I am ok with my Cricket and my Bitty girl playing with and pretending to be princesses. If my daughters grow into shallow, self indulgent, men dependant women, it most certainly won't be the Disney movies to blame. It will be Casey and I who are to blame. It is up to us to teach them how to beautiful and valuable princesses.

And in the mean time, while they are still little enough to enjoy the fairy tails and have the blinders on to the wretchedness of this world, I am going to let them be little girls who want to live happily ever after. And I am going to be sure they know where that happily ever after is, with the King of Kings and the Lord of Lords.


  1. I love you and your princesses! Don't forget you are a beautiful princess too, and the one they will ultimately be most like :) Miss ya!

  2. Wow, I had no idea this was a hot button ticket when I left a comment re: princesses on your FB post! (Being new to the mom game, I'm still learning what the various controversies are.) I apologize if my words implied judgment. I have issues with princesses because I personally have baggage and issues that the princess world exacerbates, but I don't judge others who embrace princesses; I envy them.

    1. Oh amber! This was not directed toward you at all! Your comment made me laugh about letting your daughter be a red headed Scottish princess. Promise. It was just one more comment along the line that I have heaed/read over the years of having daughters. I just wanted to remind other mom's out there that it isn't or shouldn't be princess characters that define their daughters value.
      I love you friend, and I understand where you are coming from. We don't allow barbies(and their minimal clothing and giant boobs) for our daughters for a similar reason as you and your princess issue.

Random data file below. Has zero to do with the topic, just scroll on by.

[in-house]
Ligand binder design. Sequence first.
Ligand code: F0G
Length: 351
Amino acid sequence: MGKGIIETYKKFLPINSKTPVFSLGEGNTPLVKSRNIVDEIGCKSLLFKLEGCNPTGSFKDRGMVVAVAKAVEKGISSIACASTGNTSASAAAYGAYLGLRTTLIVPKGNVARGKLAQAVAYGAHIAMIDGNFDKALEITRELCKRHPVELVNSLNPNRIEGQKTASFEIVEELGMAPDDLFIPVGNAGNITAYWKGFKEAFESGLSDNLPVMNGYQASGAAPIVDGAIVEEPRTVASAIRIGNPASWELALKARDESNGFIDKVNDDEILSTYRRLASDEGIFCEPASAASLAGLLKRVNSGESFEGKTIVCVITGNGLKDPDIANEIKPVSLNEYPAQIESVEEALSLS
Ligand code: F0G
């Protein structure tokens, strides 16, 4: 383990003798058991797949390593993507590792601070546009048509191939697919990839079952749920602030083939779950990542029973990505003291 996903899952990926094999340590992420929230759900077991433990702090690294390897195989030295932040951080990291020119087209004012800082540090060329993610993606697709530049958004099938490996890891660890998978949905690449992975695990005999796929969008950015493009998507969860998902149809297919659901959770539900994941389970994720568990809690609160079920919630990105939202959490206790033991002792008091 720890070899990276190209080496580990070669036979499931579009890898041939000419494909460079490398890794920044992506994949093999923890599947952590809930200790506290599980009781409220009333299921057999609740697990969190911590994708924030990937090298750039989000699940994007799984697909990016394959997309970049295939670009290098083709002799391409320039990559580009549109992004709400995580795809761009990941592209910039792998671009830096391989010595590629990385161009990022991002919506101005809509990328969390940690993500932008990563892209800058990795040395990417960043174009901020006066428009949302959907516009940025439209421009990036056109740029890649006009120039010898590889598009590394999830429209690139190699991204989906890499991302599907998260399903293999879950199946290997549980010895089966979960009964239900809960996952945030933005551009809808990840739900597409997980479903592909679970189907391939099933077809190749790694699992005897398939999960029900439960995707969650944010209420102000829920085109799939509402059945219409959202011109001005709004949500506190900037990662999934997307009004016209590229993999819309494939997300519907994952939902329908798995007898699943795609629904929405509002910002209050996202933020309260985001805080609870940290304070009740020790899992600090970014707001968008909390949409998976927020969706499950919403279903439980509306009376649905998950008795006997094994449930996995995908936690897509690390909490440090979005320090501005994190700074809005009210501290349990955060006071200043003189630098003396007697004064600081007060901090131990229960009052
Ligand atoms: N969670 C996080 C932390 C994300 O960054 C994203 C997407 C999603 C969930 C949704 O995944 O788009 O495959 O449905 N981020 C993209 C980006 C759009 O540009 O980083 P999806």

3. Thanks, Robin! I didn't figure you were writing about my comment in particular, but wanted to say it in case mine had come off as judgmental! It's a very interesting topic, and I think one has to find (and somehow teach to their daughters) the very delicate balance between rejoicing in the beauty God gave us/the God-given desire to be beautiful to our lover vs. finding our esteem (or lack thereof) in our looks!

  4. Beautifully Written Robin Children teach your parents

  5. Thank you for writing it all out, my friend. I haven't really had to deal with this yet because of K's personality, but we're just starting into it. I also have to think about how Kahlen and I handle the princess situation in relation to her little brothers. Nate already notices more than I think he should at 3! I truly appreciate your thoughts about making sure they understand that they really ARE princesses. And if I enjoy grown-up "princess" stories (like Twilight or just about any "chick flick"), then why would my daughter not enjoy the same thing?